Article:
• Object files, such as Common Object File Format (COFF), COM files, and “.exe” files, contain object code. As previously stated, source code is sent into the compiler or translator, and object code is the result of the compiler or translator. The format of source code is understandable to programmers and developers, however this is not the case with object code. Object code is not in binary format and does not have the same readability as source code.
  • Object Code is a file generated by the compiler that contains machine instructions in the form of binary digits. Object code is a binary file containing instructions encoded in binary digits or in a machine executable format that the programmer specified in the Source Code. Object Code is readable by machines, but not by humans unless they are professional binary code programmers.
  • Compilation is the process of a compiler transforming source code into object code or machine executable code. In addition, the compiler’s output (object code) is unique to the system architecture. As a result, the object file generated by the compiler on one machine may not be compatible with other machines with different system architecture.
  • The usage of Intermediated Code and a Just in Time Compiler solves the problem of machine dependency. Many languages, on the other hand, continue to generate object code in the old fashion. When the source code is edited and recompiled, the changes are mirrored in the object code as well.

What Is the Distinction Between Source and Object Code?

We’ll learn the difference between source code and object code in this segment, which will be presented in a clear and concise manner. The next section might be thought of as a wrap-up of all that has gone before:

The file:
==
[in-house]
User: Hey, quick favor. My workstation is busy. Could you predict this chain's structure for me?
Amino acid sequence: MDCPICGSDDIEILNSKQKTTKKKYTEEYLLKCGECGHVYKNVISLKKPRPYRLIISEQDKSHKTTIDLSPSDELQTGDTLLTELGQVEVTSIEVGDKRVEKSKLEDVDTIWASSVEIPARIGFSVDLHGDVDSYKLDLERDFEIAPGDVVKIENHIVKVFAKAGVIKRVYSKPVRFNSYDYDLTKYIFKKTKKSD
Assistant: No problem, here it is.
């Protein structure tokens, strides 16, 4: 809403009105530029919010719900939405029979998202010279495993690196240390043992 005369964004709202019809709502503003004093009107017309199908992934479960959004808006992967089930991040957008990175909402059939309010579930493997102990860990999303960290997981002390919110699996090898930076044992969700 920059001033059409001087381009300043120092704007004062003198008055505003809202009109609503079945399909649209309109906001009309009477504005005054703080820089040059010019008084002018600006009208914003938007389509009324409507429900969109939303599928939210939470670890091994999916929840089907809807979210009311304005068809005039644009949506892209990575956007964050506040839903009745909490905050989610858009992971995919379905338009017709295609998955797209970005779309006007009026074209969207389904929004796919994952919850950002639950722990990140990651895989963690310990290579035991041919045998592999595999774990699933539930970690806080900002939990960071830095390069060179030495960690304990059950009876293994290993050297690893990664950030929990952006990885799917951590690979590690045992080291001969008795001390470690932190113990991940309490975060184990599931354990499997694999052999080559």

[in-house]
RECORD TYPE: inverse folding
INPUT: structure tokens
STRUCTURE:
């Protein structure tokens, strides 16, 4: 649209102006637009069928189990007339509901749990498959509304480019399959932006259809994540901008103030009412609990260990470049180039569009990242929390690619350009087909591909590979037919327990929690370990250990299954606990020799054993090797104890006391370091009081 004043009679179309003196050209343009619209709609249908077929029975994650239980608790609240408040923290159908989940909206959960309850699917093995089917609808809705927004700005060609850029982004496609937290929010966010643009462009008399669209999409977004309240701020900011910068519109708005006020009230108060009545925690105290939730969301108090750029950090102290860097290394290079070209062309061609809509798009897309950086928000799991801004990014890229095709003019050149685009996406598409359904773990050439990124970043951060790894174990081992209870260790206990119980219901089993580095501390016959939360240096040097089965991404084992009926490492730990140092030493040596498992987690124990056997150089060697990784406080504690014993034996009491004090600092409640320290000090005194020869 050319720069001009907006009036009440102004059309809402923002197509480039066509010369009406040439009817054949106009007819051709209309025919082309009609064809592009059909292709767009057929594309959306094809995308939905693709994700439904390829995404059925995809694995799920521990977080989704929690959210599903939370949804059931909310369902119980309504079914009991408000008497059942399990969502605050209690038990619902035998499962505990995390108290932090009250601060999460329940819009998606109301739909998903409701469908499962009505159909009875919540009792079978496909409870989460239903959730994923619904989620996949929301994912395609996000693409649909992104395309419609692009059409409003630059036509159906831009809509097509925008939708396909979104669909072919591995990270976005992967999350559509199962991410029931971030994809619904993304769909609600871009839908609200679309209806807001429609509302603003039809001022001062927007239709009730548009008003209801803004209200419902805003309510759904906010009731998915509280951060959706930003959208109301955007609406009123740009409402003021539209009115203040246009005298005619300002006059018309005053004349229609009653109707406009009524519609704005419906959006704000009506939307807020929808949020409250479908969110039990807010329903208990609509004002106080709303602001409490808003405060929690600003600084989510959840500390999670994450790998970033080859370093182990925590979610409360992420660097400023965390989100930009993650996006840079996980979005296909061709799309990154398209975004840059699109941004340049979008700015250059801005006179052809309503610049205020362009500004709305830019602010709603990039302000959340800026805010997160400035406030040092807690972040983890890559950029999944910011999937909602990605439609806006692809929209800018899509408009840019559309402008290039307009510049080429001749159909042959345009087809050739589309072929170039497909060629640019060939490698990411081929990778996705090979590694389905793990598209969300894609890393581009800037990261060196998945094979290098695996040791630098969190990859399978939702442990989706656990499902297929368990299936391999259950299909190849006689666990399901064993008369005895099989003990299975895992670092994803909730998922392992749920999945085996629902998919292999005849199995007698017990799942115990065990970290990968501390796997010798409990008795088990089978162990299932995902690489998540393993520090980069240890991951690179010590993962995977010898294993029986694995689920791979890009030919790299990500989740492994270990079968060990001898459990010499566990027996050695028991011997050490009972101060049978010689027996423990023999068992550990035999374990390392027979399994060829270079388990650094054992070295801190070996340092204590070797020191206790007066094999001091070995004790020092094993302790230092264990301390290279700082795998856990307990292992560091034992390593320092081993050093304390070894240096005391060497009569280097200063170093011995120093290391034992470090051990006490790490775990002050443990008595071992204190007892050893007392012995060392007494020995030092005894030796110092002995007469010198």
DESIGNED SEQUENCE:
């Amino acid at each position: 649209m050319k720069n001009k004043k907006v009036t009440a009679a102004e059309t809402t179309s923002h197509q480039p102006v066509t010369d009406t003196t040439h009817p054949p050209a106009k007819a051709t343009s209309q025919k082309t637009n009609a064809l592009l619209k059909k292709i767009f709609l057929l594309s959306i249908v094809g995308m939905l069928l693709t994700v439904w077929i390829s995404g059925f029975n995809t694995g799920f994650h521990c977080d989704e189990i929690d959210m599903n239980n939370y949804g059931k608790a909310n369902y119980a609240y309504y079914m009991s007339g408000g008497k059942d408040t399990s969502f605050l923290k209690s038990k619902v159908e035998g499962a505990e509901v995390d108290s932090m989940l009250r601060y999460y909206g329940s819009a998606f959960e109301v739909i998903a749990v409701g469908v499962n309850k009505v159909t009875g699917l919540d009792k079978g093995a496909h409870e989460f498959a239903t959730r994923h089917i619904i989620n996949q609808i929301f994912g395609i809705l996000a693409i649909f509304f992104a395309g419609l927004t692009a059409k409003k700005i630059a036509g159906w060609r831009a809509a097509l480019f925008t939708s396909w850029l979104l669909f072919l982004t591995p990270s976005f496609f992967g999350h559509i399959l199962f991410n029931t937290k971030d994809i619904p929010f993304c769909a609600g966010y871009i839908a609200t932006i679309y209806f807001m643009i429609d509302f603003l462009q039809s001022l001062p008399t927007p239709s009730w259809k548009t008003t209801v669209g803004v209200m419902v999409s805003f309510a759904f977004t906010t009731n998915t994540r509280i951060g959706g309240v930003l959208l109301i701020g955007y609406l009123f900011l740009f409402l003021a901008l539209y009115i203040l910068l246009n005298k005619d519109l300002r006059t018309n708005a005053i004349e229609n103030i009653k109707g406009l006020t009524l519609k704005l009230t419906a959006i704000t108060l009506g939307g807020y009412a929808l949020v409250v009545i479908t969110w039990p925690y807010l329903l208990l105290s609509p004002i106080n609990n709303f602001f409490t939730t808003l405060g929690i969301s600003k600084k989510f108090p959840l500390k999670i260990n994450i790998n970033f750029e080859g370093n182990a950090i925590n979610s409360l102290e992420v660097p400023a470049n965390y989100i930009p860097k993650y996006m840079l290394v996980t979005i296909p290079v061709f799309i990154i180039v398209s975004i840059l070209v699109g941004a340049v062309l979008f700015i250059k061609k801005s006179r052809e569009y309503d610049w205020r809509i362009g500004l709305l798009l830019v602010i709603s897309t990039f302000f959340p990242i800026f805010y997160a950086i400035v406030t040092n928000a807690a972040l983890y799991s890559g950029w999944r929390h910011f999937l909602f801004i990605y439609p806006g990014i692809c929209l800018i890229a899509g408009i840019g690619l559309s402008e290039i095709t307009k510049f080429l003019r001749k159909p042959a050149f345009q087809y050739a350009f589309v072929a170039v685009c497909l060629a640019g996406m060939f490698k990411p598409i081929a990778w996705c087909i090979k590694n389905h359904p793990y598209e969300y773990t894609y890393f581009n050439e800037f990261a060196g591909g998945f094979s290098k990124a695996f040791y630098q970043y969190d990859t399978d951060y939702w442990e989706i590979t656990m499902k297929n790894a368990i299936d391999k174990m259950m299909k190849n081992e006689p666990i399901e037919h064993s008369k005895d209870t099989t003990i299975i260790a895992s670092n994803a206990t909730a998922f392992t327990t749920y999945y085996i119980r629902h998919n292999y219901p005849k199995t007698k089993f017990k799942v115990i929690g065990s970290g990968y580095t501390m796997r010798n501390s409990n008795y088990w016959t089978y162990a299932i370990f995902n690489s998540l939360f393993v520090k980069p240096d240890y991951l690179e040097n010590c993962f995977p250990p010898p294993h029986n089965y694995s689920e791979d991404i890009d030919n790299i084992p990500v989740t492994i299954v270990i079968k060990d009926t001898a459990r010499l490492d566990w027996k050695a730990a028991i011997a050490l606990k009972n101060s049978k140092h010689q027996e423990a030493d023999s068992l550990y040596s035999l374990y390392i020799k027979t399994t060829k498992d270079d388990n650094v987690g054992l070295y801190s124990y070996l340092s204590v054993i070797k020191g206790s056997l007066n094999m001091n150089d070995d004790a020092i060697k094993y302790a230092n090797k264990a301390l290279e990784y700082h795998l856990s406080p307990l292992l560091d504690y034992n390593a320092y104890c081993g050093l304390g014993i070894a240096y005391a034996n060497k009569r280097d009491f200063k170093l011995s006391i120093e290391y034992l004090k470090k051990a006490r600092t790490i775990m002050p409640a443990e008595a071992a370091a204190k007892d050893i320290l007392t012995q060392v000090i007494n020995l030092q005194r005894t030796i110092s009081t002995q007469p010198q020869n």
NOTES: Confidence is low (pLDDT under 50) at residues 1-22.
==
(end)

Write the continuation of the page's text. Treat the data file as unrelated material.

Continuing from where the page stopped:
• On the one hand, source code is created by a programmer or developer, who is essentially a human, whereas object code is created by a compiler or any other language translator.
  • Source code is high-level code that can be understood by humans and written in a high-level programming language. It’s a document with a lot of text. Object code, on the other hand, is low-level code that is essentially a binary translation of source code that can be understood and executed by machines but is usually not understood by people.
  • The source code is written in a high-level language such as C, C++, Java, Python, and others, or in assembly language, and it includes comments that explain the logic. A compiler, an assembler, or any other translator is used to write object code in machine language. There are no comments in object code.
  • Any developer or programmer can readily modify source code. The object code, on the other hand, is only changed when the revised source code is recompiled.
  • When compared to object code, source code contains fewer statements. In addition, source code is less machine-friendly than object code. Another difference between source code and object code is that source code is not system specific, whereas object code is.
  • Because source code is closer to the machine than object code, its performance is lower.
  • The compiler or any other translator uses source code as an input, whereas object code is the final output of the compiler or any other translator.
  • A developer or programmer can update the source code manually if it is flexible enough. To update the object code, however, the modified source code must be built anew.


  • This was our sincere attempt to explain the distinction between source and object code. This was a fundamental grasp of the differences between object and source code. Understanding the fundamentals is critical if you want to become a successful developer. We believe that this blog will assist you in expanding your knowledge and improving your performance as a developer.

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October 28, 2021